Turner (Timothy Spall) and  Mrs Booth (Marion Bailey): a change of attitude
towards women

The high point of Mr Turner the film for this critic was the incident where the painter goes to a brothel not for sex but to paint the prostitute lying in bed.  While painting, the otherwise gruff Turner breaks down in tears. Was he thinking of his mother, was he thinking of his daughters? Mike Leigh’s Turner is a complex character—one that you can pity, one that you can dislike, and one you can admire, all in equal measure.  


Turner at work capturing light and landscape

This is in contrast to the superb opening sequence of the film, where two young Dutch milkmaids walk by close to where Turner is standing taking feverish notes of the sky and dawn. Here Turner does not care for women or people as others would have in his place.  He is preoccupied capturing the magic of light and landscape.

Leigh’s Turner is a man with a mission--to paint and earn world recognition for England. He was born poor but he painted his way to success, money and education (his apartment has many shelves of books)—an incredible achievement for the son of a barber and wigmaker.

Dick Pope's magical cinematography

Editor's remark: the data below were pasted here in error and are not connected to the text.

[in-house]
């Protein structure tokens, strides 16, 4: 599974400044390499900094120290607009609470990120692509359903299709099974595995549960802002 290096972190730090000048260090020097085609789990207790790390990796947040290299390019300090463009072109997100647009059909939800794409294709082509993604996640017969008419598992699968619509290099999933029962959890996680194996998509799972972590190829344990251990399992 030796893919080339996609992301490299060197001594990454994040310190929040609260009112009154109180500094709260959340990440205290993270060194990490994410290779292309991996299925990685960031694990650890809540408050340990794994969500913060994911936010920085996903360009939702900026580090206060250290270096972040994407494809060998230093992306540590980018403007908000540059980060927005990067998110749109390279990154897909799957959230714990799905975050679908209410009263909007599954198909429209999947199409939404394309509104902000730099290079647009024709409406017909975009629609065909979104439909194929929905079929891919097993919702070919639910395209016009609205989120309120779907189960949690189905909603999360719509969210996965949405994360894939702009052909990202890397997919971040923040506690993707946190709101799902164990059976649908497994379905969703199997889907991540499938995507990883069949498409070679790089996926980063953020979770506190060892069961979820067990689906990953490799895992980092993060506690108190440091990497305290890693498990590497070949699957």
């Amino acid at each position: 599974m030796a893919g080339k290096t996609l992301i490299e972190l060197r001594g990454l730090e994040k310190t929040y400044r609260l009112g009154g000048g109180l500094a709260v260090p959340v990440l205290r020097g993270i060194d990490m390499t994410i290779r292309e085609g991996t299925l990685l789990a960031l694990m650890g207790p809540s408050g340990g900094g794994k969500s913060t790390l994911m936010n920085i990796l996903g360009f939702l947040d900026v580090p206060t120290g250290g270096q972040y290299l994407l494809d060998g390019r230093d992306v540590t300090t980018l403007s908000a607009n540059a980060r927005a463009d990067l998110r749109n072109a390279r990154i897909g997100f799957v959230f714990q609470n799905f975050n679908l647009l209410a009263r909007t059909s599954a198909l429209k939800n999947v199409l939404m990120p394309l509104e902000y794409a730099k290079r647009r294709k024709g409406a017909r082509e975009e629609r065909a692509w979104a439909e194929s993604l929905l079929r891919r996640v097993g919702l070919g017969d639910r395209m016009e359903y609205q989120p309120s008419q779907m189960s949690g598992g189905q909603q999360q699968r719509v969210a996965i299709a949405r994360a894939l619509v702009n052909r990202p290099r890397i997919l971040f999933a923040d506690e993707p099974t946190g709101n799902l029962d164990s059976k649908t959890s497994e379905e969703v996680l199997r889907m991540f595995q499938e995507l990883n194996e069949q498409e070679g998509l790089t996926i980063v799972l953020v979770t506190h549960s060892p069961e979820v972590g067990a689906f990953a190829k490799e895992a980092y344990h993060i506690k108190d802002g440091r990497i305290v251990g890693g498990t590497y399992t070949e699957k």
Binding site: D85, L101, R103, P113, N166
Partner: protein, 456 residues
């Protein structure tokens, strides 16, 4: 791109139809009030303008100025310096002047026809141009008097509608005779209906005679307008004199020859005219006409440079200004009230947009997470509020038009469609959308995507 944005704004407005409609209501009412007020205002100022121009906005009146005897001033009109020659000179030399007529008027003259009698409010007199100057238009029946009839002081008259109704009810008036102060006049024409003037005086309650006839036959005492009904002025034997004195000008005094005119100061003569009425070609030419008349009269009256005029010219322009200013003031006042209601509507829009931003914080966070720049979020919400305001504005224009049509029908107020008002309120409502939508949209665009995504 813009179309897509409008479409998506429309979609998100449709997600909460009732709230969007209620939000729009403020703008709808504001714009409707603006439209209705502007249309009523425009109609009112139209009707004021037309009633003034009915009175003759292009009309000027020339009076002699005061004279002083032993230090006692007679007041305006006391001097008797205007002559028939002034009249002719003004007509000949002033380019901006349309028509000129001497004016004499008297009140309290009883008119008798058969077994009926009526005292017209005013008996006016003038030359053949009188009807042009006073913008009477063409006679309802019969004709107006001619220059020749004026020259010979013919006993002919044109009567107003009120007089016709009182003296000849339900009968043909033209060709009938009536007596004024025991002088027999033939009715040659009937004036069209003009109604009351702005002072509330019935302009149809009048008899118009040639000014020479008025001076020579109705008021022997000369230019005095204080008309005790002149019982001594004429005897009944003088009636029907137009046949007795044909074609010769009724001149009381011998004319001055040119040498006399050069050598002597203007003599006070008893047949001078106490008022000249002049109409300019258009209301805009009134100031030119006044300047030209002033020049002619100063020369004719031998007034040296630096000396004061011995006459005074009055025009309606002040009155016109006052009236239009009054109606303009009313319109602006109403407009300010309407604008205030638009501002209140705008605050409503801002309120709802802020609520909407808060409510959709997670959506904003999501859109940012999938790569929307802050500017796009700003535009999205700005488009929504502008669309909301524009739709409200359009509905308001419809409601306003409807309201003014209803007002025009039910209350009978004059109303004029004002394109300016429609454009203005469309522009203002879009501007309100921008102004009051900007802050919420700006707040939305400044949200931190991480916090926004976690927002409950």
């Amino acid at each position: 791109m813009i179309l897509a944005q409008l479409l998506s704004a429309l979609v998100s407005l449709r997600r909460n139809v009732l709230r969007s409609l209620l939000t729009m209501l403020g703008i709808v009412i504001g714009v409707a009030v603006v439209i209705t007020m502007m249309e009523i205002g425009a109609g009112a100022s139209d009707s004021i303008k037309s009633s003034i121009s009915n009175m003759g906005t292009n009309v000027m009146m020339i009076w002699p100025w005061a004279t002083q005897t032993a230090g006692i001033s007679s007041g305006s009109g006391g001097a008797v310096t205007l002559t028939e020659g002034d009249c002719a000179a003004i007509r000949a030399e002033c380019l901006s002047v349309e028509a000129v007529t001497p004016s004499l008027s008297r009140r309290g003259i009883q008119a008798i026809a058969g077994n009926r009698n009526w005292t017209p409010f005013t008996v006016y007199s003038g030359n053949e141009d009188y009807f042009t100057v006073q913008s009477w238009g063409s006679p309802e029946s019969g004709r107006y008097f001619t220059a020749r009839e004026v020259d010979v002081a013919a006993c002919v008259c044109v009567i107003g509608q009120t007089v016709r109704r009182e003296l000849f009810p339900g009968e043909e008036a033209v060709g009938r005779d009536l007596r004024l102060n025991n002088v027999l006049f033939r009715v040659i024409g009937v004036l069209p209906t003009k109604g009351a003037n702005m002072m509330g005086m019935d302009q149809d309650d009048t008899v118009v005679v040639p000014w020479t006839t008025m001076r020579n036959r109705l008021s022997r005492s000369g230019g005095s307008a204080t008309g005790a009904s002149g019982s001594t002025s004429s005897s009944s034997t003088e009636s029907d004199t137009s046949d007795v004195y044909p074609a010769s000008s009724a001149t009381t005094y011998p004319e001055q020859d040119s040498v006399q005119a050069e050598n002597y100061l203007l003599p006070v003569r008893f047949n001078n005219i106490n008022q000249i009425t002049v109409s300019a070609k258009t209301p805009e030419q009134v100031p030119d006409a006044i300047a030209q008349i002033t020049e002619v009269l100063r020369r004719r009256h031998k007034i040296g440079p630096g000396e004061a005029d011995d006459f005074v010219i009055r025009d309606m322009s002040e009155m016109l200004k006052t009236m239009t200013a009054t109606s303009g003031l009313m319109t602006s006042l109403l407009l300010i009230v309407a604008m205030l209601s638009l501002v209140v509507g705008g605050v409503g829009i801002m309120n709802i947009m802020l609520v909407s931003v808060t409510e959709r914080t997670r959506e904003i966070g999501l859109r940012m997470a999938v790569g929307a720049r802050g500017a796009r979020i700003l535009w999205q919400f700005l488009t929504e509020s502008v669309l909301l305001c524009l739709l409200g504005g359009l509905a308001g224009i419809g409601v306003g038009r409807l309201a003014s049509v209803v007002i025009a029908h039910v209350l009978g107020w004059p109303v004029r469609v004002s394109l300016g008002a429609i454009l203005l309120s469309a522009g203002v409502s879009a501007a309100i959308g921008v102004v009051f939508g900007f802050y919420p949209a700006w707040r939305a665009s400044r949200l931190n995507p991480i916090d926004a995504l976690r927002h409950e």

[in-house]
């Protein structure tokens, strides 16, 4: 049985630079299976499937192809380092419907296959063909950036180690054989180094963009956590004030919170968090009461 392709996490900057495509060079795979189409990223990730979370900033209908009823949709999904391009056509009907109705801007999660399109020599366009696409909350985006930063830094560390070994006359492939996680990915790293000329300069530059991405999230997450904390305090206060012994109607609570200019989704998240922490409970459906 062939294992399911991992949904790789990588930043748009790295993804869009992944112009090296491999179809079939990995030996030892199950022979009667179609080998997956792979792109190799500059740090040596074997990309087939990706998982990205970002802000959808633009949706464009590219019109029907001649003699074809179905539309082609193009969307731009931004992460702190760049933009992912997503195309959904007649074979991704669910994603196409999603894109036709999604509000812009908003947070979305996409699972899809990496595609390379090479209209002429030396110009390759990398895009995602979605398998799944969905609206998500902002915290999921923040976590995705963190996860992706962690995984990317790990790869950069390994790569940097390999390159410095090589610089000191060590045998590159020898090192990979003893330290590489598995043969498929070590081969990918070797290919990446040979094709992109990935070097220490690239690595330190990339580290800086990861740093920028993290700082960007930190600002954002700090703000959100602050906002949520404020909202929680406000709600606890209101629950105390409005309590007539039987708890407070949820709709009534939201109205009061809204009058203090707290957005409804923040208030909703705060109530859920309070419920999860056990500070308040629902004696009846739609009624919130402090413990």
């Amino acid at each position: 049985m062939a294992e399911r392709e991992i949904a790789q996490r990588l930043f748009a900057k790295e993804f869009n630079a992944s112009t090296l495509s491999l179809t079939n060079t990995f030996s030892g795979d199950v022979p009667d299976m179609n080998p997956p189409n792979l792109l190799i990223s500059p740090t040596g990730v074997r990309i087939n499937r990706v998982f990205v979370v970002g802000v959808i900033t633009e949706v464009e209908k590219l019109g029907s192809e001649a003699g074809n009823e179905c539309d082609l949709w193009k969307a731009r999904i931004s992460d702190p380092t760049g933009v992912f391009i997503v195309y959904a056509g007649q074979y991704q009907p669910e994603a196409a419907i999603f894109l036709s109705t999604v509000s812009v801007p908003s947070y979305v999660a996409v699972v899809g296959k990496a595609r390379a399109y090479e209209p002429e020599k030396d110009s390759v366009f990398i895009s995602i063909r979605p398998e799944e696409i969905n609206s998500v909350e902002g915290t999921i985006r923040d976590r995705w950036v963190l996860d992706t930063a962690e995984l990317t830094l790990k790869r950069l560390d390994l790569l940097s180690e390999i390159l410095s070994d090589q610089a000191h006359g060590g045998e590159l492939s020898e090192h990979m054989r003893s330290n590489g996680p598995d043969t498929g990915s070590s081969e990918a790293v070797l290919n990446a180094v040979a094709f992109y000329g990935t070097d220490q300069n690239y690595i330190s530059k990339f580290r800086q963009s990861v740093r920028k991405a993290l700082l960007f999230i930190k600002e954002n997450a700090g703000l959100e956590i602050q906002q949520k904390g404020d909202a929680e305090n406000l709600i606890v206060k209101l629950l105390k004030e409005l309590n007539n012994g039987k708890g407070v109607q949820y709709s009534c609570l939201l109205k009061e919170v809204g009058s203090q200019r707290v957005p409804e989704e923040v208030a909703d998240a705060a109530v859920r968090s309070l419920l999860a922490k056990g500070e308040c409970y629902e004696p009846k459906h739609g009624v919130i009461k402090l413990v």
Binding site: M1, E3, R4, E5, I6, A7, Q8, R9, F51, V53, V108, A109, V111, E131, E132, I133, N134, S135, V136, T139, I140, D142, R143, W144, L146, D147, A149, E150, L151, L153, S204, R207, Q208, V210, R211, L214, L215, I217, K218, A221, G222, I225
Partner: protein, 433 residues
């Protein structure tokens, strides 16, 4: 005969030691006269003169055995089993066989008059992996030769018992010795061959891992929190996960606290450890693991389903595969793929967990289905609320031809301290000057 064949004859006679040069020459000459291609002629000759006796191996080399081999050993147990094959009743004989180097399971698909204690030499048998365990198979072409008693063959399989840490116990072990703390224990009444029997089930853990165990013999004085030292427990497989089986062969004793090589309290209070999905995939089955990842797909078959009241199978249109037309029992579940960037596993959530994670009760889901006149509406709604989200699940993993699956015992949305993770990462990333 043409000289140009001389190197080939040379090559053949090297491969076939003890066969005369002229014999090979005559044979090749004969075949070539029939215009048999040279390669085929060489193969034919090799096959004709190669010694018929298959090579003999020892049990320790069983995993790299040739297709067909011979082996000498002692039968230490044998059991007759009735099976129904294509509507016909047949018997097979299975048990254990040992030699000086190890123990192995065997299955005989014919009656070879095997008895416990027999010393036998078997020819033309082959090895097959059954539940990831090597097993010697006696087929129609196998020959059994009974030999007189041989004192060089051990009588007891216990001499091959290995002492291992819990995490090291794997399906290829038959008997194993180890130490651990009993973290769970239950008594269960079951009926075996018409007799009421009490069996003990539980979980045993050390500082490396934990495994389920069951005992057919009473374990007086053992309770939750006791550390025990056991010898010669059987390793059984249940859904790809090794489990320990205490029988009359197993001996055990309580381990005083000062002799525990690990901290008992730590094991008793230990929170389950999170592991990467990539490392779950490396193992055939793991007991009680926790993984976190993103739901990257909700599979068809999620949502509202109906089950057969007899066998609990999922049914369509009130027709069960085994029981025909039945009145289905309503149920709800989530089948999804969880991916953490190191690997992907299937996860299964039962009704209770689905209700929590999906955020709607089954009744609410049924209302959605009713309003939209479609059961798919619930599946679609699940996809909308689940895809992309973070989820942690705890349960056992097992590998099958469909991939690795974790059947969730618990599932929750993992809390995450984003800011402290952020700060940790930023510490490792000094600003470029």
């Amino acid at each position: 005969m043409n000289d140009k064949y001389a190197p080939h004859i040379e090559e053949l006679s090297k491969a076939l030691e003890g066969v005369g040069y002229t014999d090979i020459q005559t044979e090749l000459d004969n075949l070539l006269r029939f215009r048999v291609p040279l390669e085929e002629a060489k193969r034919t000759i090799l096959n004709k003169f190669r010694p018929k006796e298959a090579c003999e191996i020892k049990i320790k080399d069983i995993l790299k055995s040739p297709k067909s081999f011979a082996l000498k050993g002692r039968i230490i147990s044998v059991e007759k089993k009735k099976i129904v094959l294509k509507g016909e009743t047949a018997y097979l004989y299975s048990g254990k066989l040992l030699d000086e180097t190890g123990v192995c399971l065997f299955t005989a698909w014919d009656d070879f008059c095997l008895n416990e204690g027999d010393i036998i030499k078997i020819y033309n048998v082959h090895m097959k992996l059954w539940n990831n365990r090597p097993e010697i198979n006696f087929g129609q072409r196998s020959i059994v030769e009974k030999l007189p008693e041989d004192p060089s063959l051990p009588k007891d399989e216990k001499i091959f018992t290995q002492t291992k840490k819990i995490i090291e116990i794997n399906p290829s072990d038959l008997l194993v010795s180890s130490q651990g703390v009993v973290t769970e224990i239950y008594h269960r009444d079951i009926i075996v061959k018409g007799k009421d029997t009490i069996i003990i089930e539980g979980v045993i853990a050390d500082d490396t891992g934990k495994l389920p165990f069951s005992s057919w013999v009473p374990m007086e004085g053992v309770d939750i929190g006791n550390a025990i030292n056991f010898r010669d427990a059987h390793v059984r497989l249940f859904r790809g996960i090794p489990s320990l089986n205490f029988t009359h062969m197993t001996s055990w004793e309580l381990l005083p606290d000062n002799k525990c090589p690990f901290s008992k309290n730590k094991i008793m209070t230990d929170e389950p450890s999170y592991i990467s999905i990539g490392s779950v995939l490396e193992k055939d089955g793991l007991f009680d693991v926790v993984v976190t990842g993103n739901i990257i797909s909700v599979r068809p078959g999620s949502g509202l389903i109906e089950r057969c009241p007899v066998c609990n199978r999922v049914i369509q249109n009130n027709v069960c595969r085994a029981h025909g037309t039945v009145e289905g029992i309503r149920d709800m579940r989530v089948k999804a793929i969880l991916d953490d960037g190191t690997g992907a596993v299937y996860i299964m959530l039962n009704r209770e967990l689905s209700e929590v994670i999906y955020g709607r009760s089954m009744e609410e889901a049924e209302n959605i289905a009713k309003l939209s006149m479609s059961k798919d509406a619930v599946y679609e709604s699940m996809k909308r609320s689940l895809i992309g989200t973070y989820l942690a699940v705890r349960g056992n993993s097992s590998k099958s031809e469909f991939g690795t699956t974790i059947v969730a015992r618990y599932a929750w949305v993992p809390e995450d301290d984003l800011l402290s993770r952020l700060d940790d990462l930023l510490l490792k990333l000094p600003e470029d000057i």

When one views the film Mr Turner, it is not the painter alone that you admire: you admire the filmmakers and their obvious individual commitment to good cinema. You like Timothy Spall not because he is attractive on screen but the effort he has taken to grow into the role of an often dislikeable individual, grunting and spitting. You admire Dorothy Atkinson’s drab and ugly role as Hannah Danby, the psoriasis-stricken dutiful maid-servant who has been so faithful to the painter. You admire Dick Pope’s brilliant cinematography that makes the film so watchable and you wonder at the pains he taken to match the landscapes and seascapes that so fascinated the painter.  You hear  with awe of the commendable pains Leigh and Pope took to get the right shots of the steam locomotive, which was not achieved in a studio as many Hollywood films would have preferred to do.